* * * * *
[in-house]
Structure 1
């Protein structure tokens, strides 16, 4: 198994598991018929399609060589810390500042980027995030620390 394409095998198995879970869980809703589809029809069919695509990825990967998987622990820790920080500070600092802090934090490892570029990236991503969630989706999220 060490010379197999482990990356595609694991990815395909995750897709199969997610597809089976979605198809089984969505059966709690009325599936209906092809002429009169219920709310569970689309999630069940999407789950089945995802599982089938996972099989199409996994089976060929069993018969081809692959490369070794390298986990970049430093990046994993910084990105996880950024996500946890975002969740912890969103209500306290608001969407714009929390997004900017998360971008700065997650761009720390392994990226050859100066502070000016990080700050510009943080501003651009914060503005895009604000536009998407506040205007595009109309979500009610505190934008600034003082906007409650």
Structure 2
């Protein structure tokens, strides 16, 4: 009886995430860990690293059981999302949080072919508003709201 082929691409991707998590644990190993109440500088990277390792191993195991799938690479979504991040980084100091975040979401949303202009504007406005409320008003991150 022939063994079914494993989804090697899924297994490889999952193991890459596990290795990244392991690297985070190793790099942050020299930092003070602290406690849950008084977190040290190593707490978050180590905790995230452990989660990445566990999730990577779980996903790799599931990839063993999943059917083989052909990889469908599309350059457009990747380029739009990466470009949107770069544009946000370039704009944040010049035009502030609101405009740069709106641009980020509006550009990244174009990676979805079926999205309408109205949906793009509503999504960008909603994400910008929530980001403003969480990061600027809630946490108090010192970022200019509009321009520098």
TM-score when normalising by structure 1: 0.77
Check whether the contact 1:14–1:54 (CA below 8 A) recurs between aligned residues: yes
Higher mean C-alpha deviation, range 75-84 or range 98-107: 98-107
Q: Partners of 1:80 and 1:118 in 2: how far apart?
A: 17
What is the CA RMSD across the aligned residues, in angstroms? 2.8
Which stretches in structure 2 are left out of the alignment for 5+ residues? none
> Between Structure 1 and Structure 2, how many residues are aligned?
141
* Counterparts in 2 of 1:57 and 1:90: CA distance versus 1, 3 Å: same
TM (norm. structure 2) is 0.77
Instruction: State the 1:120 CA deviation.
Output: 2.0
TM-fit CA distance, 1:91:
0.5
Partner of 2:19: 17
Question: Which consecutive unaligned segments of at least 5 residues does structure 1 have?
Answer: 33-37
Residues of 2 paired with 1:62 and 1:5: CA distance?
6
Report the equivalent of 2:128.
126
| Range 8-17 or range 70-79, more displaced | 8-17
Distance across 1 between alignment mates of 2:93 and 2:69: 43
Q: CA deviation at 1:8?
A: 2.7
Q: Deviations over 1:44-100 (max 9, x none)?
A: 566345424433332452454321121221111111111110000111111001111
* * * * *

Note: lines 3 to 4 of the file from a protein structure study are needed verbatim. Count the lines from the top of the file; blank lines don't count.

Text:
């Protein structure tokens, strides 16, 4: 198994598991018929399609060589810390500042980027995030620390 394409095998198995879970869980809703589809029809069919695509990825990967998987622990820790920080500070600092802090934090490892570029990236991503969630989706999220 060490010379197999482990990356595609694991990815395909995750897709199969997610597809089976979605198809089984969505059966709690009325599936209906092809002429009169219920709310569970689309999630069940999407789950089945995802599982089938996972099989199409996994089976060929069993018969081809692959490369070794390298986990970049430093990046994993910084990105996880950024996500946890975002969740912890969103209500306290608001969407714009929390997004900017998360971008700065997650761009720390392994990226050859100066502070000016990080700050510009943080501003651009914060503005895009604000536009998407506040205007595009109309979500009610505190934008600034003082906007409650």
Structure 2